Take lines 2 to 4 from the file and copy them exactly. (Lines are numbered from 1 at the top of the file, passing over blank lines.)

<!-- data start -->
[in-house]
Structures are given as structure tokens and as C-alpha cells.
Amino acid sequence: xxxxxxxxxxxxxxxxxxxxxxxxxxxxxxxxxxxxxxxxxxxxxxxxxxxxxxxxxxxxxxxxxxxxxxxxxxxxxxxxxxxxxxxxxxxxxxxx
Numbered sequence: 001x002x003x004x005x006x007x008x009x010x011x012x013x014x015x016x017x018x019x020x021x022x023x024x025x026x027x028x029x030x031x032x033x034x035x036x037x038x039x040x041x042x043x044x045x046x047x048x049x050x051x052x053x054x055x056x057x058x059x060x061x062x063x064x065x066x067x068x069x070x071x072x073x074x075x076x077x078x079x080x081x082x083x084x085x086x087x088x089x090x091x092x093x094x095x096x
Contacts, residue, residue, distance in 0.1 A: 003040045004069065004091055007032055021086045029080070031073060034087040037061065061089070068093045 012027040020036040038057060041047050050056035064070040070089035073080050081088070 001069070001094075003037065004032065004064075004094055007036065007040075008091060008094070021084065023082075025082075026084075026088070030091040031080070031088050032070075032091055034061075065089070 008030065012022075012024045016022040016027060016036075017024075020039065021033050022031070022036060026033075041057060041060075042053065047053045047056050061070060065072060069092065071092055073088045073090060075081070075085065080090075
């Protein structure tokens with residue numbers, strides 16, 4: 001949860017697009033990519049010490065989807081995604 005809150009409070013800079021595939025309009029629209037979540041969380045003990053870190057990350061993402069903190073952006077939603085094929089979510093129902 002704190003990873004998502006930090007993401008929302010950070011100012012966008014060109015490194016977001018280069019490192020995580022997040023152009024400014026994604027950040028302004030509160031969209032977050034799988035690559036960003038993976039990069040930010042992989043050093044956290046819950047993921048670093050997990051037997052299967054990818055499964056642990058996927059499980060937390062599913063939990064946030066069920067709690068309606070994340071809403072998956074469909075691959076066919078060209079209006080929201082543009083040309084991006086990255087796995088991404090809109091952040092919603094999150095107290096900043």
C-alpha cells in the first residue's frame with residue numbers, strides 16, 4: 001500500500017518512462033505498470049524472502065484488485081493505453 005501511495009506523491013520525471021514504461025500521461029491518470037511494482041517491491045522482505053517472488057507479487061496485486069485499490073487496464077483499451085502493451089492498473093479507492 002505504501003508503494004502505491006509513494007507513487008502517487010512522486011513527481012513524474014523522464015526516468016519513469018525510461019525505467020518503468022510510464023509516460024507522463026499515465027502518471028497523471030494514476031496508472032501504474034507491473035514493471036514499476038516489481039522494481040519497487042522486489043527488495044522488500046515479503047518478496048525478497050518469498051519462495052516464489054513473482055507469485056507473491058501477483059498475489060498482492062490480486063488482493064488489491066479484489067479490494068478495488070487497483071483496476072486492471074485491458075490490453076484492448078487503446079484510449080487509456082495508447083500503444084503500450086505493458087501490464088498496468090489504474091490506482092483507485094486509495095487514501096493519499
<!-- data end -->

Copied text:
Structures are given as structure tokens and as C-alpha cells.
Amino acid sequence: xxxxxxxxxxxxxxxxxxxxxxxxxxxxxxxxxxxxxxxxxxxxxxxxxxxxxxxxxxxxxxxxxxxxxxxxxxxxxxxxxxxxxxxxxxxxxxxx
Numbered sequence: 001x002x003x004x005x006x007x008x009x010x011x012x013x014x015x016x017x018x019x020x021x022x023x024x025x026x027x028x029x030x031x032x033x034x035x036x037x038x039x040x041x042x043x044x045x046x047x048x049x050x051x052x053x054x055x056x057x058x059x060x061x062x063x064x065x066x067x068x069x070x071x072x073x074x075x076x077x078x079x080x081x082x083x084x085x086x087x088x089x090x091x092x093x094x095x096x